The world is a scary place right now, and understandably so it is an extra scary place for folks experiencing homelessness in the midst of a pandemic. The government is requiring us to stay inside, to practice social distancing, and to avoid human interaction with the exception of acquiring essential services. For most of us, this means taking classes online, working from home, eating and drinking a lot more, and watching a whole lot more Netflix. But what about those who have nowhere to go? The government isn’t helping them now, and they certainly were not helping them before all this madness began.
Anti-homeless architecture is also referred to as “Defensive Design” and it is the intentional placing of objects and obstructions in public places with the aim to drive homeless folks out of the public eye. It can include dividers in park benches, coloured rocks in seemingly random places, and spikes in alleyways. These designs are constructed to look like harmless “art” installations so that these cities can appear as the problem-free utopias they like to present themselves as. Driving out homeless folks means that residents, tourists, and media will not have to confront the very real epidemic of homelessness that troubles most Canadian cities. Here are some examples of anti-homeless architecture: (Both images courtesy of the Vancouver Courier)
Besides these instances of defensive design, there are strategic policies in place that governments quietly pass to further hinder people experiencing homelessness. For example, shortly before the 2010 Vancouver Olympics the British Columbia Assistance to Shelter act was passed. Under the guise of empathy and humanity, these laws allowed police to force folks experiencing homelessness to stay at shelters or to enter various programs. These laws were put into place so that people who were visiting for the Olympics were ignorant of the homelessness problem in Vancouver. These shelters and programs are not always safe or inclusive for LGBTQ+ folks. Requirements for many shelters demand mandatory attendance of church sermons. For many, they are not feasible nor helpful. For example, most shelters require you to exit the premises by a certain time, requiring you to take all of your belongings with you. For people who work day jobs and do not want their employers to know that they are experiencing homelessness, this presents a significant problem.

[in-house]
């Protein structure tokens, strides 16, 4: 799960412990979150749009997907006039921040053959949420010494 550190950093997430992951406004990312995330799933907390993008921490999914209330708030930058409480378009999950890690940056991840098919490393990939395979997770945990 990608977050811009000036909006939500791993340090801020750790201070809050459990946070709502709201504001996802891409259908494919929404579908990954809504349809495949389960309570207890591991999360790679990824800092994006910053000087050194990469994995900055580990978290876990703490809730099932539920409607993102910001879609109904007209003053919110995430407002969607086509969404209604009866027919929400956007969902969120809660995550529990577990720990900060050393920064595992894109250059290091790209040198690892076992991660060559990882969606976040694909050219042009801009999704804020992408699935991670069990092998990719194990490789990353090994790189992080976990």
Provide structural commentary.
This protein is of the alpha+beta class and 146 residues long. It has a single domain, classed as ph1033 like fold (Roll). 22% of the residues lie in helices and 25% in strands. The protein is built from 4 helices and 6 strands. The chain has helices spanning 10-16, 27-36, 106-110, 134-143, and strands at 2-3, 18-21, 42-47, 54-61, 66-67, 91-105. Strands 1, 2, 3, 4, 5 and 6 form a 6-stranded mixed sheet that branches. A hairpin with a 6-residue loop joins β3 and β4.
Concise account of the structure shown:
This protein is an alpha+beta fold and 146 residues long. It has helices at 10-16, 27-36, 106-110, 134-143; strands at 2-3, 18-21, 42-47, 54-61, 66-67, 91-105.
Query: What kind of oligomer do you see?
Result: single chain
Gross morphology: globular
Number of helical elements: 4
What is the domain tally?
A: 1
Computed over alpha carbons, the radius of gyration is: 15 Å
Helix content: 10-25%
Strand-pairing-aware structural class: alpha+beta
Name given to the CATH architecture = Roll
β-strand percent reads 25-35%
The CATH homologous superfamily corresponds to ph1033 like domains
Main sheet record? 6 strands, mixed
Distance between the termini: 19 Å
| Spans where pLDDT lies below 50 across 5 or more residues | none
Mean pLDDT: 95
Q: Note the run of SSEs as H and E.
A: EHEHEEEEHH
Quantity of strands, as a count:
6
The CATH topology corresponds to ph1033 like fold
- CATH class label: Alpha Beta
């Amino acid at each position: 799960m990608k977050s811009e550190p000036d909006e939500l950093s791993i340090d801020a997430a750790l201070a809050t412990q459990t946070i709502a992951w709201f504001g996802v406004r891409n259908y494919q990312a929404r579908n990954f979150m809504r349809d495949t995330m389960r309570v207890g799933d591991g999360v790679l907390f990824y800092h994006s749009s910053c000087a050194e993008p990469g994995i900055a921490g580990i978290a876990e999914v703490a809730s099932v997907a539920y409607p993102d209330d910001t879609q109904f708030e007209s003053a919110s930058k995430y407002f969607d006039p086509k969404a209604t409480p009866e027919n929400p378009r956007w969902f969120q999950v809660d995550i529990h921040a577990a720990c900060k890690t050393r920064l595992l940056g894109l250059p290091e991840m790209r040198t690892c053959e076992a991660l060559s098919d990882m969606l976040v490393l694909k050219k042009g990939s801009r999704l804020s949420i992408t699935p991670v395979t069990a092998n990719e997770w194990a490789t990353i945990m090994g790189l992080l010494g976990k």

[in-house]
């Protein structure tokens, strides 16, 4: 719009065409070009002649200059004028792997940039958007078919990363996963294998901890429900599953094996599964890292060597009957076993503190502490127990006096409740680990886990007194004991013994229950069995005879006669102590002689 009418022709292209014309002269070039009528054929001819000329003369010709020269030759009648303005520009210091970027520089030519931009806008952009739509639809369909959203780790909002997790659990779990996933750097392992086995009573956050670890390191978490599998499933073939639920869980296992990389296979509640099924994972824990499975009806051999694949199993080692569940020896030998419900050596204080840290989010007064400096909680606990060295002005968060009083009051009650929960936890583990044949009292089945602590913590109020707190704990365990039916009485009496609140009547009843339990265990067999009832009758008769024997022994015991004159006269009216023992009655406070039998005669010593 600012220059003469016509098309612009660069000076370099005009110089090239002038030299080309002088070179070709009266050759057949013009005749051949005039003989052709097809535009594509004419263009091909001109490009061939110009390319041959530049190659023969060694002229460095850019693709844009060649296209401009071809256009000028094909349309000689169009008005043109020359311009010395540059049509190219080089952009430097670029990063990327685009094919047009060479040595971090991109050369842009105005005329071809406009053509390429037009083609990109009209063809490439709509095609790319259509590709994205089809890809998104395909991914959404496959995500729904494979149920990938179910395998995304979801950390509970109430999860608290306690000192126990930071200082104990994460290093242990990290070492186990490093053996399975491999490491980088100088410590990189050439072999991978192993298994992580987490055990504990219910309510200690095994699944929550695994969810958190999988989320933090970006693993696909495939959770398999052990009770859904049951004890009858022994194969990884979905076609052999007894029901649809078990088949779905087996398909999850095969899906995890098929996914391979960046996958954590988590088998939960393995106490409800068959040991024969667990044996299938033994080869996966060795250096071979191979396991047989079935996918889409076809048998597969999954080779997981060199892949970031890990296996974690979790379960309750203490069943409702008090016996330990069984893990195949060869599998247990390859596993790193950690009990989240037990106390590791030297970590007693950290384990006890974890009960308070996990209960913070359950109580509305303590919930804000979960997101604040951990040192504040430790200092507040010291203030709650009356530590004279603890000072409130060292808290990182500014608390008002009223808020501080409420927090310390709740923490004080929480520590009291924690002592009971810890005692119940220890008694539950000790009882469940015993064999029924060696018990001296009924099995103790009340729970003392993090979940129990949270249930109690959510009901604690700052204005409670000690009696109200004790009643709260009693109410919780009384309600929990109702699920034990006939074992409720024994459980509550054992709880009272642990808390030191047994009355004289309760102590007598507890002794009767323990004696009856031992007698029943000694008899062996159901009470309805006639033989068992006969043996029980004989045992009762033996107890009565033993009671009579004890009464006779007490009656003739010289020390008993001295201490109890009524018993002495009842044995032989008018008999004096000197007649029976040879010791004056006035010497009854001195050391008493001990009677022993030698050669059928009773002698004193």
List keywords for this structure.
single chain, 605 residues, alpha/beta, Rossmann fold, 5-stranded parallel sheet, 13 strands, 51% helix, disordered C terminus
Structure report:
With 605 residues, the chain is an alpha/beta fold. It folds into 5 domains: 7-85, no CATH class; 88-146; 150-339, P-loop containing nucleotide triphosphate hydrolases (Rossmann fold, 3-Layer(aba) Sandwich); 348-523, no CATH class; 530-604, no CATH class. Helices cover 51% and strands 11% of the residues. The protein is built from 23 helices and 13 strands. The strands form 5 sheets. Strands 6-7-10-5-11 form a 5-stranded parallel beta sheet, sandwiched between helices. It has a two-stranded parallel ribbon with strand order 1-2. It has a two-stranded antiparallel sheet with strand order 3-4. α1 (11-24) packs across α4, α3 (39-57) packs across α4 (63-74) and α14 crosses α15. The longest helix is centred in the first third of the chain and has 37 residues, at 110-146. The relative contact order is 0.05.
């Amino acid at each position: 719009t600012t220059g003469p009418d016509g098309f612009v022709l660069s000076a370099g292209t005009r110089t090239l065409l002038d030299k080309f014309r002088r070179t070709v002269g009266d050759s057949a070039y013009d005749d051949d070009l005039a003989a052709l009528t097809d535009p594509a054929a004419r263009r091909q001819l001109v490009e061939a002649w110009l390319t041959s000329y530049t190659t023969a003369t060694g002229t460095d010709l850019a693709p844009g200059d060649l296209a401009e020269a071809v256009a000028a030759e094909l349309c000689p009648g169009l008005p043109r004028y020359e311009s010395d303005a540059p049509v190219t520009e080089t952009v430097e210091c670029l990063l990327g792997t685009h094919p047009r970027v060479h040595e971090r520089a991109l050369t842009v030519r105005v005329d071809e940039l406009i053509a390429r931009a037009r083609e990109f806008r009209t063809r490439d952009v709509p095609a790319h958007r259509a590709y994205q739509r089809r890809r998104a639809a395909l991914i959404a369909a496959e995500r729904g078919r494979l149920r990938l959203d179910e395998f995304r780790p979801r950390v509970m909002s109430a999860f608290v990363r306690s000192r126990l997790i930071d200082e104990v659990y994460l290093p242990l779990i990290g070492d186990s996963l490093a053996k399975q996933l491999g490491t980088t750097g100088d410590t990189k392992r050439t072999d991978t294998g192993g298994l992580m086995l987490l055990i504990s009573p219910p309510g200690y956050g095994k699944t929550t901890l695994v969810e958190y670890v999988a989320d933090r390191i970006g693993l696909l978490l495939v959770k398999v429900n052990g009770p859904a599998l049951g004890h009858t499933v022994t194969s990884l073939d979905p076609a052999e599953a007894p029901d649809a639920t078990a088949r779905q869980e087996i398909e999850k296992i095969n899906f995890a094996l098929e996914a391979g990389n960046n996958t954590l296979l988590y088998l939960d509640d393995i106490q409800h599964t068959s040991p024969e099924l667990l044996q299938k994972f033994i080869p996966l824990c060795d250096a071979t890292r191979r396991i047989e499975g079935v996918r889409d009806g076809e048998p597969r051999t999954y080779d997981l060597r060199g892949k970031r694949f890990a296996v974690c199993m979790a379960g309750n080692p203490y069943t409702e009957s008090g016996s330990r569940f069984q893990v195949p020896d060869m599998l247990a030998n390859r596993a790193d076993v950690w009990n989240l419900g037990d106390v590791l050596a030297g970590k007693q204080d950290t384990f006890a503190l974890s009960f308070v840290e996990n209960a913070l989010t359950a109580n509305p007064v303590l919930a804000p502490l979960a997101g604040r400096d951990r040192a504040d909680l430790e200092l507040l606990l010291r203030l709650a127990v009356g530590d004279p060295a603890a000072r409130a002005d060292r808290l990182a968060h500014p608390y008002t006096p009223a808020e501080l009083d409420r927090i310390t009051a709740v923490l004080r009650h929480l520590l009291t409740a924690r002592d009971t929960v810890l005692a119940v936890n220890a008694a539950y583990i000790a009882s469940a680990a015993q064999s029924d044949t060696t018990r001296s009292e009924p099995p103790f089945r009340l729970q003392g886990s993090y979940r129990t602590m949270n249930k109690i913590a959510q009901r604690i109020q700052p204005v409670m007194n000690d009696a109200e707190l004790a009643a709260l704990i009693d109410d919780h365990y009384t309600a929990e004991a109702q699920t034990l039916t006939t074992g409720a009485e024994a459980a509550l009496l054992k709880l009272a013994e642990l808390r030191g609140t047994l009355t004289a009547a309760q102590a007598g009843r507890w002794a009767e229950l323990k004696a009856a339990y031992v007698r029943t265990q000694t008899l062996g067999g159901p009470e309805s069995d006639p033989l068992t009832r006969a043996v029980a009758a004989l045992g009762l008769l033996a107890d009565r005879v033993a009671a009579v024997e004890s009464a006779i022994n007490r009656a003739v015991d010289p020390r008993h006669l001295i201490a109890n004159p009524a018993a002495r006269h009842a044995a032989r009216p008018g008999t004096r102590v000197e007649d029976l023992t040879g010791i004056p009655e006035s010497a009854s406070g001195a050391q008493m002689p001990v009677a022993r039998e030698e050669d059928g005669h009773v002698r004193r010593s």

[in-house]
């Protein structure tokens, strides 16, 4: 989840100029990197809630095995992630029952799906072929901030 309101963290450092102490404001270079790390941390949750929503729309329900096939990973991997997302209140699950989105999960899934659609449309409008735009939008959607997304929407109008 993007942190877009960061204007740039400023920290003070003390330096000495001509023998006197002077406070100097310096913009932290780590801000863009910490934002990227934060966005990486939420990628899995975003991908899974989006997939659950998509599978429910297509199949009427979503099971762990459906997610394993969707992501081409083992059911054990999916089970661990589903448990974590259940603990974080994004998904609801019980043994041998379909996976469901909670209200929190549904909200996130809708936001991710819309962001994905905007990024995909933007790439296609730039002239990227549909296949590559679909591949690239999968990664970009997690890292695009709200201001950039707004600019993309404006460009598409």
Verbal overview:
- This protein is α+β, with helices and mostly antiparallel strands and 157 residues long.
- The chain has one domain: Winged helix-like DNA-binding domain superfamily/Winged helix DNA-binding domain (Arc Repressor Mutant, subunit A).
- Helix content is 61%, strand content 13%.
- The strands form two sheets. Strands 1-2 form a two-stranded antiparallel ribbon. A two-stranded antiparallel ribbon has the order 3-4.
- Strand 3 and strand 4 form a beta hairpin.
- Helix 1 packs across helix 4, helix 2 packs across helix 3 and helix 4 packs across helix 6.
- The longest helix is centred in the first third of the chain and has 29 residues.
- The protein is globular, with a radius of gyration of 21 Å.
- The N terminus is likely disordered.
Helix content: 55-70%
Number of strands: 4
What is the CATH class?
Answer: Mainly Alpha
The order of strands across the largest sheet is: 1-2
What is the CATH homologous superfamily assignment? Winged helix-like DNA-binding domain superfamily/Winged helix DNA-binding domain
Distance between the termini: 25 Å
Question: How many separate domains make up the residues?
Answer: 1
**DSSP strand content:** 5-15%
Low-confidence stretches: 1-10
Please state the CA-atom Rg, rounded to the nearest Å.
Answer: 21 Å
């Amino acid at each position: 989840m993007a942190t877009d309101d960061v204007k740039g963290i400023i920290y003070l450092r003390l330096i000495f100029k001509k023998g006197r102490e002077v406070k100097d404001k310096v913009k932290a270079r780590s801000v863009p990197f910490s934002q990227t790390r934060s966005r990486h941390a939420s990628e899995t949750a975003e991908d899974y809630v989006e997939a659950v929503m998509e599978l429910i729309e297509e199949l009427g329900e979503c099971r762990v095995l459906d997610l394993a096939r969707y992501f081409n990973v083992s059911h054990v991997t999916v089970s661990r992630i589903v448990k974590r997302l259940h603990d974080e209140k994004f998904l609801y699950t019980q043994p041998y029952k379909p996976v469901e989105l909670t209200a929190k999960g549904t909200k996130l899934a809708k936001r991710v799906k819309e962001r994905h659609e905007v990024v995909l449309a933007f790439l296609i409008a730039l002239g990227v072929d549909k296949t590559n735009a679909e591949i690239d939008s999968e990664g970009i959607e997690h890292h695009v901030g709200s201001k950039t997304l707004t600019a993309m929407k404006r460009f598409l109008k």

The Canadian Observatory on Homelessness is a fantastic resource when researching demographics, policies, and more information pertaining to homelessness. The website provides a breakdown for each province including statistics on the number of people experiencing homelessness (which is often under reported), vacancy rates, and statistics on indigenous folks experiencing housing issues. On top of researching the British Columbia’s Assistance to Shelter Act, I also looked at Ontario’s Safe Streets Act. The Act specifically targets instances of panhandling and issuing tickets to people sleeping outside. The Act was criticized for how vague its descriptions were, giving law enforcement officers too much leeway to aggressively police people experiencing homelessness.
Whenever we are permitted to leave our homes again and if you are able, take a stroll or trip downtown and keep an eye out for instances of defensive design. Research statistics about homelessness and read the first-hand experiences of people experiencing homelessness. But most of all, have empathy. Homeless folks are people too and deserve to be treated as such.